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Published: 28 july 2021 22:58

The pandemic did not change the desire to meet in person: instead of a traditional party, a summer camp with colleagues

iToGroup camp
iToGroup / iToGroup camp
When the pandemic began, companies were left guessing how remote work might change the habits of face-to-face interaction within companies. But IT company iToGroup invited its employees to a summer camp for the sixth time. Company’s CEO Paulius Lazauskas believes that concerns regarding the team becoming distant from each other proved baseless.

Active leisure, interaction, and close bonding are the core principles of the company’s camp organised every year since 2015. Back then, the camp included 22 people, and 19 of them still work at the company. Usually, 80 to 90 per cent of the employees attend the event.

“We finally had the opportunity to meet up after the lockdown, and it is indeed fantastic that such a large part of our team joined. As a result, our colleagues not only relax, but also establish closer bonds, which helps to get to know one another better, work more effectively, and enjoy the process itself more,” says iToGroup head Paulius Lazauskas.

Upon arriving at the camp after the lockdown, the company’s head of personnel Eglė Dudonienė agreed that this year there were doubts about how colleagues would manage to establish a bond. “We work based on a hybrid model where most of our colleagues prefer working from home, so we were worried that we might have lost our connection. However, it appears that our efforts to not become distant during the lockdown paid off, and everyone has returned to where they parted a year and a half ago as if the remote period never existed,” shared the chief of personnel.

The summer camp aims to be enjoyable for employees but also useful in overcoming everyday work challenges such as effective problem solving and timely communication. E. Dudonienė compares it to enjoyable team training. “Colleagues participating for the first time might be surprised and wonder what to do here, but this is nothing to be feared about, everyone is included in the activities. The camp’s success is also clear because colleagues from Latvia, Estonia and even colleagues on maternity leave join the event,” said E. Dudonienė.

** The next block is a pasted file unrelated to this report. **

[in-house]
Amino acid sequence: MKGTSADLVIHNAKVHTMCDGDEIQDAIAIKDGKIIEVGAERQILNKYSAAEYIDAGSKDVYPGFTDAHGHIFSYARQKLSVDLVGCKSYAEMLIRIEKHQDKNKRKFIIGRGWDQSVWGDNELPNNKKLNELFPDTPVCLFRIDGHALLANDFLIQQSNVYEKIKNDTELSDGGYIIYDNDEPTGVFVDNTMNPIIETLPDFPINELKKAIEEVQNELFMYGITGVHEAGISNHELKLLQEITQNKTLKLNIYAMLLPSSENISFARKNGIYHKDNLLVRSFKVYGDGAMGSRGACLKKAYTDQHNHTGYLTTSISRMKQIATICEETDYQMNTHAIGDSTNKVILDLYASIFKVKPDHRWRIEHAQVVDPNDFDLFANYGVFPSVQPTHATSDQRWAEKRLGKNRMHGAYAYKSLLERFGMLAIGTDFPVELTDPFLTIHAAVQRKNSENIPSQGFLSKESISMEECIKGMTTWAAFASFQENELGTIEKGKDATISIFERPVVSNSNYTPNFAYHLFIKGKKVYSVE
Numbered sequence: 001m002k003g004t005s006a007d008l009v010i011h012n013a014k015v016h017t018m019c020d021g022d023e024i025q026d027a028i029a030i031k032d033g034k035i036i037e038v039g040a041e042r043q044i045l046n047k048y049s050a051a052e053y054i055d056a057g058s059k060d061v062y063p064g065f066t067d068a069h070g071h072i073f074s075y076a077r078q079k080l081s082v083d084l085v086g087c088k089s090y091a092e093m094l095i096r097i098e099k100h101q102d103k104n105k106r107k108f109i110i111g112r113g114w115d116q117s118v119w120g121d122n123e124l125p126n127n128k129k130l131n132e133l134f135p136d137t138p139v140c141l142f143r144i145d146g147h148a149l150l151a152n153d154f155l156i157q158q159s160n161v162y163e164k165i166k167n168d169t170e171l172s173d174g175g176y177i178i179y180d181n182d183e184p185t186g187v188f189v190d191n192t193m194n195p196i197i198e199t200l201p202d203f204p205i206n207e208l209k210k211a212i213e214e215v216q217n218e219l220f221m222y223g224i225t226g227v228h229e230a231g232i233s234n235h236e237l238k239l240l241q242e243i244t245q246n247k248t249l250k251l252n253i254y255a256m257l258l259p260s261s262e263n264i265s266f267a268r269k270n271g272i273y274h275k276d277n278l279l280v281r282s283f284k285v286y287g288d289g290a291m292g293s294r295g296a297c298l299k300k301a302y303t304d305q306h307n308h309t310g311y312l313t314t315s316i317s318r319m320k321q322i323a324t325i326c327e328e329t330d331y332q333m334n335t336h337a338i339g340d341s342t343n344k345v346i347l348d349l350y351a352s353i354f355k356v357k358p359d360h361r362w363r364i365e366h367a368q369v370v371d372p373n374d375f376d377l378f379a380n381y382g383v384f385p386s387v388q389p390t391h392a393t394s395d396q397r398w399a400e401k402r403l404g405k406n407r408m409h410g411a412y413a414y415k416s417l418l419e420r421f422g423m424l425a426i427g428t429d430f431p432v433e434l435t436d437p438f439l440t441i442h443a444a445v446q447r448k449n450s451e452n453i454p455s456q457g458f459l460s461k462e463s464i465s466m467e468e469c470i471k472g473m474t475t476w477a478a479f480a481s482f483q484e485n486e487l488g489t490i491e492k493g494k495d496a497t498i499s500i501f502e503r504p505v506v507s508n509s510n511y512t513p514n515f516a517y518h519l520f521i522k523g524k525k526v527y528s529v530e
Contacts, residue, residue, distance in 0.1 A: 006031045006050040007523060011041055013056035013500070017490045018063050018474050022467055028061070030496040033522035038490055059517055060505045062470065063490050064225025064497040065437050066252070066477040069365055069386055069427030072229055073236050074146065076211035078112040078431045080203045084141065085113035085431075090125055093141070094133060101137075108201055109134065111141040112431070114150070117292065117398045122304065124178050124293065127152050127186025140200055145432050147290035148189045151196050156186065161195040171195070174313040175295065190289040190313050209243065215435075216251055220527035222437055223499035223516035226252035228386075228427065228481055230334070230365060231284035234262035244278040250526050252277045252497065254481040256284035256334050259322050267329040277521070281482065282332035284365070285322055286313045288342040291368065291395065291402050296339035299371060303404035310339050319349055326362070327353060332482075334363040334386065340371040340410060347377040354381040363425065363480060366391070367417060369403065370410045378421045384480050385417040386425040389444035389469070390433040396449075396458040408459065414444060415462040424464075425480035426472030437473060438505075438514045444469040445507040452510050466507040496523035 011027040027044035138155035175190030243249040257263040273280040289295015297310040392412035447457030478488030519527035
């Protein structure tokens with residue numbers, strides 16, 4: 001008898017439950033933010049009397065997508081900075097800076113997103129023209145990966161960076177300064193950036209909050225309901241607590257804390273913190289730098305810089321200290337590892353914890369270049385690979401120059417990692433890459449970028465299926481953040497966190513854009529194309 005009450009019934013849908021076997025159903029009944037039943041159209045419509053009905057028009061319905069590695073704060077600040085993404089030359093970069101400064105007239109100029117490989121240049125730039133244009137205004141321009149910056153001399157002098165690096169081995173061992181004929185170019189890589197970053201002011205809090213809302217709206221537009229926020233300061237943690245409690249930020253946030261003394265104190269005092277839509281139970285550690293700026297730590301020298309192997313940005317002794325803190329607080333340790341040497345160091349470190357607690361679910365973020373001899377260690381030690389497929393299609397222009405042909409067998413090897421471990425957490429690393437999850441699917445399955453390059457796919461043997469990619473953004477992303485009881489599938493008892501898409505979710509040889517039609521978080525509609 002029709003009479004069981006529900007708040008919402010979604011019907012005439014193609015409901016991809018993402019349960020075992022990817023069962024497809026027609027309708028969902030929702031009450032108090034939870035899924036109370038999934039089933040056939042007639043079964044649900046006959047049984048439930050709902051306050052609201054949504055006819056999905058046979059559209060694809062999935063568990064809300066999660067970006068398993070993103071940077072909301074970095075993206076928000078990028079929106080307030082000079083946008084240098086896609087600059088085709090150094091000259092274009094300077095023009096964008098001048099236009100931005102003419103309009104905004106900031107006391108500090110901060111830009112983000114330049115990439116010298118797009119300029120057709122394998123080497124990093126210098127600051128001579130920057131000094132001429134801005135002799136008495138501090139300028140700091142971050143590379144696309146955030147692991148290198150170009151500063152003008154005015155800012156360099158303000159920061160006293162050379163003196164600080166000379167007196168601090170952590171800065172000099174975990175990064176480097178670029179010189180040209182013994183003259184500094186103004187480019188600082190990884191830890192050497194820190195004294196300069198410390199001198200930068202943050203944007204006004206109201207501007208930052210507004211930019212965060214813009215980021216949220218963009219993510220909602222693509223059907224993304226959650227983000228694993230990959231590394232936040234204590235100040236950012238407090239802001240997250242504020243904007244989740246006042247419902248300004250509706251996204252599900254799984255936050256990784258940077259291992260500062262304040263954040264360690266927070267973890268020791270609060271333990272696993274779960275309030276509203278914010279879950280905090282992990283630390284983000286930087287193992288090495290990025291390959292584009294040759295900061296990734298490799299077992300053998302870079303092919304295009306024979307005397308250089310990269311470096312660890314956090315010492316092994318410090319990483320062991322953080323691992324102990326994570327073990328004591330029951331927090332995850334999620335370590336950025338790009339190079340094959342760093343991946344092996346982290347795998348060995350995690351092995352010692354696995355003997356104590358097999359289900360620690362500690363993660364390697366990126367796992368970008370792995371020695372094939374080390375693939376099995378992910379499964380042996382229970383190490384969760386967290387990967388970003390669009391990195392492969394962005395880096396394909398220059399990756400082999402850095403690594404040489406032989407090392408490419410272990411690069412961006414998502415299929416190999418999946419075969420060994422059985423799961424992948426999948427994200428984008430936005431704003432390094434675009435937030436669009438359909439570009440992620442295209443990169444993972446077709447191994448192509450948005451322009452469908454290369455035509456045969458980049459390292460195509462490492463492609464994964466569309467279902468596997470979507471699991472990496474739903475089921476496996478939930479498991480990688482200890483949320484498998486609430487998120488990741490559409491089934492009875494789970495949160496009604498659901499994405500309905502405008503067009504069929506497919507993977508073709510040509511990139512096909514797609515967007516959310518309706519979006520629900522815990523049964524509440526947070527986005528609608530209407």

Arrange what you can yourself

The fact that the employees value these camps is also evident from an internal survey, with 95 per cent of respondents scoring the activities 10 out of 10, while the remaining 5 five per cent gave a score of nine. Nevertheless, the success only encourages the iToGroup team to try even harder and find new ways to improve the event next year. They consider everything from accommodation to music playlists while being on the road to the camp. “We are constantly on the lookout for means of improving the summer camp experience, and we organise everything by ourselves. Of course, we have used others’ services, but we realised that then it lacks ’heart’ and we are no longer ourselves. Furthermore, it leads to less engagement on the team’s part when participating,” explains E. Dudonienė.

Despite the negative predictions, it is becoming clear today that live meetings are essential for working teams, increasing staff efficiency.

“Constant online interaction might seem to lead to tensions and increased stress - it might be hard to read someone’s emotions, and sometimes you might have various interpretations. For example, your colleague might look angry or discontent when they aren’t. However, when you meet live, this is dispelled, and it becomes easier to remember how that colleague communicates. This makes it easier to interact in everyday tasks, leads to more mutual understanding and simplicity,” notes E. Dudonienė.


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